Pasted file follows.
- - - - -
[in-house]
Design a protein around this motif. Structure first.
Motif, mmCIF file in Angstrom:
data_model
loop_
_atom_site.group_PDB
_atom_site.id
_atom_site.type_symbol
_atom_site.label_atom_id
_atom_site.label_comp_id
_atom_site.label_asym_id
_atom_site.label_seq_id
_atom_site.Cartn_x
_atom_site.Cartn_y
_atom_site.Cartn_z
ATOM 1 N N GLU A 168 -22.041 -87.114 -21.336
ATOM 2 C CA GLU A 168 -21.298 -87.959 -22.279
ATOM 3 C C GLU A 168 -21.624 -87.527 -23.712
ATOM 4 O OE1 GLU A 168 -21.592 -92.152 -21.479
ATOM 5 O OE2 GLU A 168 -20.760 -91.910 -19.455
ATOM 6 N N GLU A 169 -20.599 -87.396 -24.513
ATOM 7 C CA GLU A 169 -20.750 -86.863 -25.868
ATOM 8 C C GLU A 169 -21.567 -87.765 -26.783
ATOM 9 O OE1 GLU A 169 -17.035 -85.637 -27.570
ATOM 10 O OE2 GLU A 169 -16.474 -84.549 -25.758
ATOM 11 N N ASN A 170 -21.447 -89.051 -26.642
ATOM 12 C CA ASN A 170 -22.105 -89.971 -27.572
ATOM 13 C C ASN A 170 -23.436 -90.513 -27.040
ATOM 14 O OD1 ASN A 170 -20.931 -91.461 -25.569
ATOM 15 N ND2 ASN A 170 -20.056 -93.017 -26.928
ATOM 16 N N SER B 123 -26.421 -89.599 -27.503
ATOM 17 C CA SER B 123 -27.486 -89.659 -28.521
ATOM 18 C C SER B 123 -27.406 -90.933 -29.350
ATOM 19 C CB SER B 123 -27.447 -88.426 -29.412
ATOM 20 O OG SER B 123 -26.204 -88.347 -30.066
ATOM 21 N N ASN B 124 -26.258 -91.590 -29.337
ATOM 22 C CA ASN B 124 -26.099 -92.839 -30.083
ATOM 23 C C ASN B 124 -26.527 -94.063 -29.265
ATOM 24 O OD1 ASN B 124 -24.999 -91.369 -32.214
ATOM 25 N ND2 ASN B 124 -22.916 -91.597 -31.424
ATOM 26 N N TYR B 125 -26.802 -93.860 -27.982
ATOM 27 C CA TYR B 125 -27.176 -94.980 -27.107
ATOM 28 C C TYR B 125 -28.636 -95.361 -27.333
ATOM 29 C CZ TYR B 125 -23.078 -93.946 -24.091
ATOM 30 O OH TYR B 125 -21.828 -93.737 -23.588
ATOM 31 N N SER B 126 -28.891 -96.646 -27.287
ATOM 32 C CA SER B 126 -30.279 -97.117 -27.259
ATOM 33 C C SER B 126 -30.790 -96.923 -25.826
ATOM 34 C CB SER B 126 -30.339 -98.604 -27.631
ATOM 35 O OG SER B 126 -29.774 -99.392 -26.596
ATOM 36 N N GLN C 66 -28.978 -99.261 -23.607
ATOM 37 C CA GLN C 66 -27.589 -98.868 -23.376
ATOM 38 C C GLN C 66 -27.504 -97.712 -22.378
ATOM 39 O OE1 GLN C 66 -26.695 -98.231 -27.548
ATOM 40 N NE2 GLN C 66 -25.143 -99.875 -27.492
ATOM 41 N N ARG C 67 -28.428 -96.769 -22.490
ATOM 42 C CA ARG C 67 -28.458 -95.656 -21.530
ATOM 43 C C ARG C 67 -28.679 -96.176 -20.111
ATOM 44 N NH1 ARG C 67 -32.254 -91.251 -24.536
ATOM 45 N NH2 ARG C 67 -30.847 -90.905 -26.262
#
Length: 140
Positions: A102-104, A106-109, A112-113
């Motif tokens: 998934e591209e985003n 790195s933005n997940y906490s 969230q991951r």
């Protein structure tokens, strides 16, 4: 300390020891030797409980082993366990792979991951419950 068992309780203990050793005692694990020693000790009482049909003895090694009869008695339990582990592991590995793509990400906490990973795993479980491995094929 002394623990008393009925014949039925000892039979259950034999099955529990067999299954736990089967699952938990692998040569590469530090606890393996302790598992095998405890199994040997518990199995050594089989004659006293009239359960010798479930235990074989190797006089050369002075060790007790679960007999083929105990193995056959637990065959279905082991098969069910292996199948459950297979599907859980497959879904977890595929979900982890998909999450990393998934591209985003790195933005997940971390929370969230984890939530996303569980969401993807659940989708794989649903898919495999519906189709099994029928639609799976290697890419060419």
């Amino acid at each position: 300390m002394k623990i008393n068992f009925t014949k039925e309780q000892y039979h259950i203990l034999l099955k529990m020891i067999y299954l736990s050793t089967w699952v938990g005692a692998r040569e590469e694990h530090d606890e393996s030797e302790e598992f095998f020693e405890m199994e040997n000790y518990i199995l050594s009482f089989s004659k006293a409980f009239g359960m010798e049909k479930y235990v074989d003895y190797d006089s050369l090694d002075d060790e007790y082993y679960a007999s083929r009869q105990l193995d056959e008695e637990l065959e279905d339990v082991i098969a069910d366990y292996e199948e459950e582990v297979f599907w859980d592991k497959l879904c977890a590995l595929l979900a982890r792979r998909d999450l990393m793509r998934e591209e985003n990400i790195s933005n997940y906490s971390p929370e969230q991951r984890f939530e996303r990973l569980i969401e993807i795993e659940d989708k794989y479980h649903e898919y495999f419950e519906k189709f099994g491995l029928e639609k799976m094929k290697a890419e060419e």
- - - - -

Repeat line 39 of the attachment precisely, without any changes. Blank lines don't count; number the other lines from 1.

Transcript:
ATOM 24 O OD1 ASN B 124 -24.999 -91.369 -32.214